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Newspaper Page Text
because of its daring though chaste
invasion of a realm heretofore
'shrouded in medical and scientific
Its purpose, the writer asserts, is
to eradicate from the young mind
whatever gross associations may
have been acquired concerning the
functions of precreation.
"I transferred my story," explains
Mrs. Lawson, "from the technical
medical terms to language that
everyone may understand. I wrote it
in such a way that it may be told to
children without offense. If mothers
and future mothers can, get some
help and inspiration from 'My Birth'
I shall feel amply repaid."
Decrying the existence of "so
many trashy, sensational sex hygiene
books written for commercial rea
sons only," Mrs. Lawson continued:
"This book is the autobiography
of our Bobbie before he" was born.
"I am pleading for the mother of
today, and for the children who, be
cause of a wrong sense of modesty,
are not permitted to learn about the
greatest secret of life its origin.
"This is one of our most dreadful
conventions; its results are hideous!
"Equipped with scientific knowl
edge of the subject, I felt impelled to
write this book in response to the
urgent neeI of youth for true infor
mation concerning motherhood. It
seemed to me a solemn duty."
"My Birth" ends where other
books usually begin. It tells in sim
plest language the story of life and
its origin, based upon the newest ac
cepted biological theories. Mrs.
Lamson speaks frankly of the things
that interest every mother.
"I feel like a hero," muses the un"
born babe, "because I know it was
daring to speak of that miracle which
made my birth a possibility."
After telling how he came to be,
his book in the closing chapter has
Bobbie say: ,
"As the day approaches when this
chapter of my life will close to open
in the next realm of joys, sorrows,
hopes and realities I am speculating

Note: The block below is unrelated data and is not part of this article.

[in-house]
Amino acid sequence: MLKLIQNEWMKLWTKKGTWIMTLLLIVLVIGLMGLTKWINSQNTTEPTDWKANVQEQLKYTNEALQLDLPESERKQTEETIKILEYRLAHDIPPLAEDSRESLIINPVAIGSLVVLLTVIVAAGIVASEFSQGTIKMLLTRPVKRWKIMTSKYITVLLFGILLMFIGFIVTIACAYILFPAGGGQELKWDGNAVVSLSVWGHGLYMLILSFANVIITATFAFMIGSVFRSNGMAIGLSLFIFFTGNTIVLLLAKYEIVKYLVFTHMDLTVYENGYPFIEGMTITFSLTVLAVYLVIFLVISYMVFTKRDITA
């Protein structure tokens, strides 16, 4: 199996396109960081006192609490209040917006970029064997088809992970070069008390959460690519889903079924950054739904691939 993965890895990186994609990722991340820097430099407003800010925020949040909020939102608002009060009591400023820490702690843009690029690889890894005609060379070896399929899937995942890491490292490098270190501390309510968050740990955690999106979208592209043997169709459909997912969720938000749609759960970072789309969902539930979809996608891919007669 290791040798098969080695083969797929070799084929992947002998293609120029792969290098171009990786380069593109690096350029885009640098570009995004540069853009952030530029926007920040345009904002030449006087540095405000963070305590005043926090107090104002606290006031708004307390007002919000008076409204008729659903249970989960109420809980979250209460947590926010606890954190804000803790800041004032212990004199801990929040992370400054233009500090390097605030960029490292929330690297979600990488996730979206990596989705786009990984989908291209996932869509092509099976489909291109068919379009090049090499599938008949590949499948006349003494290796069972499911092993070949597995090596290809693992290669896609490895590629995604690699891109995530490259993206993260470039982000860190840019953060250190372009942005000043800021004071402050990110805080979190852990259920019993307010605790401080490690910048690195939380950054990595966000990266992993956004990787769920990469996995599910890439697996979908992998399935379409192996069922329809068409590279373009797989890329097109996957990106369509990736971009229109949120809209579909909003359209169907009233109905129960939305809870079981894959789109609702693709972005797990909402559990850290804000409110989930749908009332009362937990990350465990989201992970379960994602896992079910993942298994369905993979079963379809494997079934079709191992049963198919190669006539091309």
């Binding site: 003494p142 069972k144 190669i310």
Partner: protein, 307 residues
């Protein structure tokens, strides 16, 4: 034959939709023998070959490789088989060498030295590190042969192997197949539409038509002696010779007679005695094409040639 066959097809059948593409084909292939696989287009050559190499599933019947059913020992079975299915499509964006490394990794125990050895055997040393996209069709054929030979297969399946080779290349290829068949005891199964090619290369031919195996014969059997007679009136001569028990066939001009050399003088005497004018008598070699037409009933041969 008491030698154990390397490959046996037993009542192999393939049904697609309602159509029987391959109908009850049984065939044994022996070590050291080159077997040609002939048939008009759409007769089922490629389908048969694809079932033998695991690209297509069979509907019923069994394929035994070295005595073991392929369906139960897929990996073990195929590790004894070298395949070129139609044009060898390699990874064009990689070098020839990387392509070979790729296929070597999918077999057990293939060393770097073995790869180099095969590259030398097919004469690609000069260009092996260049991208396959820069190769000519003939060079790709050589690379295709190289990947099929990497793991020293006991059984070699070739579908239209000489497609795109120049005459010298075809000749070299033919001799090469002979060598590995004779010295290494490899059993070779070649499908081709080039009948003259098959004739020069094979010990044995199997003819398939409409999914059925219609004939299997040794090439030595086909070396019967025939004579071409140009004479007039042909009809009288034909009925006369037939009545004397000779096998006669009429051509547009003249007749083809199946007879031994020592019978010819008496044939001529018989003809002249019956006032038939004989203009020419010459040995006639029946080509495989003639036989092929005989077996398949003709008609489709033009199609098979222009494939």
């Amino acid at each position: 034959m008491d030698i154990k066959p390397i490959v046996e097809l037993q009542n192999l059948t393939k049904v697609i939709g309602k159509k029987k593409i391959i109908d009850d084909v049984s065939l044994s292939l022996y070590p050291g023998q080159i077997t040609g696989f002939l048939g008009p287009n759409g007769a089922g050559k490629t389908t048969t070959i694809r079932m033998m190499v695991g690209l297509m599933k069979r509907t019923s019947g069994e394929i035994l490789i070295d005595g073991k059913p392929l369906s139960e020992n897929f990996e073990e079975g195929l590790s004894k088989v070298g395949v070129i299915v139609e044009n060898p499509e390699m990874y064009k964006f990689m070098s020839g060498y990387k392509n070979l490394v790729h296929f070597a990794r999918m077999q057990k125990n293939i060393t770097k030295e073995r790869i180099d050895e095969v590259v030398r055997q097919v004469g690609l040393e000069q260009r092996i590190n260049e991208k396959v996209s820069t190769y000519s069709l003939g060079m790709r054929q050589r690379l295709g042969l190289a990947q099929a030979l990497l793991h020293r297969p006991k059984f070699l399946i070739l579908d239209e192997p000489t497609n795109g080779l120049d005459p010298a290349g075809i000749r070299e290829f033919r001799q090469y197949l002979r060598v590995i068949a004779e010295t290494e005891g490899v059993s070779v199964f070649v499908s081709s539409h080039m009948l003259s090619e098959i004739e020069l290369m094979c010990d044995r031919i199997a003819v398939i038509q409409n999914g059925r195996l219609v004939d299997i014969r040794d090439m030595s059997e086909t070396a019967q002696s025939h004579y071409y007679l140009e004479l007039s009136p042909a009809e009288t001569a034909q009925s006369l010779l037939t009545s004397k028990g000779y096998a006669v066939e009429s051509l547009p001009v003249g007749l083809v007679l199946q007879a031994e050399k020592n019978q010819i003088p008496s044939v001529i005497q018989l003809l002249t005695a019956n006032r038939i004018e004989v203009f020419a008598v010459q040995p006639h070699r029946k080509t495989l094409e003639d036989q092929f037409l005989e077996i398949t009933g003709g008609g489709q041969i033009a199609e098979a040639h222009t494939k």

on that world soon to be mine.
"Men and women they all seem
slaves of custom and fashion. I see
that cities are but gigantic beehives
where money is queen and the count
less drones are struggling and crush
ing each other to have a glimpse of
this irresistible mistress of man."
Mrs. Lamson was born in Erze
rum, Armenia, and has been in Amer
ica six years. She studied at John
Hopkins and did medical research,
work for Dr. George W. Crile of
Cleveland, one of the world's leading
EXCERPTS FROM DIARY OF MRS.
LAMSON'S UNBORN BABE
"The most interesting secret
buried in my birth seems to be my
future sex. I suppose all prospective
mothers do their utmost to guesses
It going to be a boy or a girl?
"I am happy to be a boy because
your world seems to be revolving
around manhood. Women are only
incidents, no matter how important a
part they play in the bringing and
preservation of life.
"Now that I have given out the
greatest secret In the life of man, I
wonder whythe episode which conr
cerns the beginning of man Is
barred from the conservation of all
so-called good people!"
From "My Birth."
FASHION'S EXTREME DIMENSIONS
BY BETTY BROWN
Some special equipment for both
fair and foul weather is part of ev
ery well planned Easter wardrobe.
By giving a littlle study to her se
lections, any girl can possess the ex
tremes of fashion and yet not seem
freakishly attired. On a bright and
sunny day she can go. forth to walk
in the simplest of straight-line tunica